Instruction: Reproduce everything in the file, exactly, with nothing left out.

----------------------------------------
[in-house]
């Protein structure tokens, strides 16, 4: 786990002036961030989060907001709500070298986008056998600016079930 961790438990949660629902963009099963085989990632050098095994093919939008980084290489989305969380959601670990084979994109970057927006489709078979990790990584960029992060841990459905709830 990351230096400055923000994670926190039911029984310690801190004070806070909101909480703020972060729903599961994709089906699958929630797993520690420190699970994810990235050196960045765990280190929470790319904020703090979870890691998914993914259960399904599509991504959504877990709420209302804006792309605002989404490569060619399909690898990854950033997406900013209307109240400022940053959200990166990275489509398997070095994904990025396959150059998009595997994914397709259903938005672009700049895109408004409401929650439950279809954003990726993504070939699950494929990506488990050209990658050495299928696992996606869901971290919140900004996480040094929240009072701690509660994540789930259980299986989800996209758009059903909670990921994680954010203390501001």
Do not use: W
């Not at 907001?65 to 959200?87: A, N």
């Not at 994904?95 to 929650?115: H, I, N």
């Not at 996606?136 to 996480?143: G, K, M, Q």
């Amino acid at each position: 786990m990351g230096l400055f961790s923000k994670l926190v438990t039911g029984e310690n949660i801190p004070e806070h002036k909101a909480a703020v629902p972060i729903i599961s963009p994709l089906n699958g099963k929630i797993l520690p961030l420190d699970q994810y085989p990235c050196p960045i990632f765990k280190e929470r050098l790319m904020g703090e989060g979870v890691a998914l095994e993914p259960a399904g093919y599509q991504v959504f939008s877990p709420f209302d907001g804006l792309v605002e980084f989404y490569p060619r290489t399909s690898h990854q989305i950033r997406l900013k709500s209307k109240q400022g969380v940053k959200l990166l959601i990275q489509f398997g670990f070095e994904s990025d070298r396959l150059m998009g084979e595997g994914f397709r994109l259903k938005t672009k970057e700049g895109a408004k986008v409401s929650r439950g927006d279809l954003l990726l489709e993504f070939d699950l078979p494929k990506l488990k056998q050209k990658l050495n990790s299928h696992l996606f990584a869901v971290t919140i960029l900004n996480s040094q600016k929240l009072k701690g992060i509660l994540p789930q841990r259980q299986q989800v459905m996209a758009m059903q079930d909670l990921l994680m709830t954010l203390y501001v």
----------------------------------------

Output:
[in-house]
């Protein structure tokens, strides 16, 4: 786990002036961030989060907001709500070298986008056998600016079930 961790438990949660629902963009099963085989990632050098095994093919939008980084290489989305969380959601670990084979994109970057927006489709078979990790990584960029992060841990459905709830 990351230096400055923000994670926190039911029984310690801190004070806070909101909480703020972060729903599961994709089906699958929630797993520690420190699970994810990235050196960045765990280190929470790319904020703090979870890691998914993914259960399904599509991504959504877990709420209302804006792309605002989404490569060619399909690898990854950033997406900013209307109240400022940053959200990166990275489509398997070095994904990025396959150059998009595997994914397709259903938005672009700049895109408004409401929650439950279809954003990726993504070939699950494929990506488990050209990658050495299928696992996606869901971290919140900004996480040094929240009072701690509660994540789930259980299986989800996209758009059903909670990921994680954010203390501001």
Do not use: W
């Not at 907001?65 to 959200?87: A, N």
């Not at 994904?95 to 929650?115: H, I, N």
């Not at 996606?136 to 996480?143: G, K, M, Q």
């Amino acid at each position: 786990m990351g230096l400055f961790s923000k994670l926190v438990t039911g029984e310690n949660i801190p004070e806070h002036k909101a909480a703020v629902p972060i729903i599961s963009p994709l089906n699958g099963k929630i797993l520690p961030l420190d699970q994810y085989p990235c050196p960045i990632f765990k280190e929470r050098l790319m904020g703090e989060g979870v890691a998914l095994e993914p259960a399904g093919y599509q991504v959504f939008s877990p709420f209302d907001g804006l792309v605002e980084f989404y490569p060619r290489t399909s690898h990854q989305i950033r997406l900013k709500s209307k109240q400022g969380v940053k959200l990166l959601i990275q489509f398997g670990f070095e994904s990025d070298r396959l150059m998009g084979e595997g994914f397709r994109l259903k938005t672009k970057e700049g895109a408004k986008v409401s929650r439950g927006d279809l954003l990726l489709e993504f070939d699950l078979p494929k990506l488990k056998q050209k990658l050495n990790s299928h696992l996606f990584a869901v971290t919140i960029l900004n996480s040094q600016k929240l009072k701690g992060i509660l994540p789930q841990r259980q299986q989800v459905m996209a758009m059903q079930d909670l990921l994680m709830t954010l203390y501001v």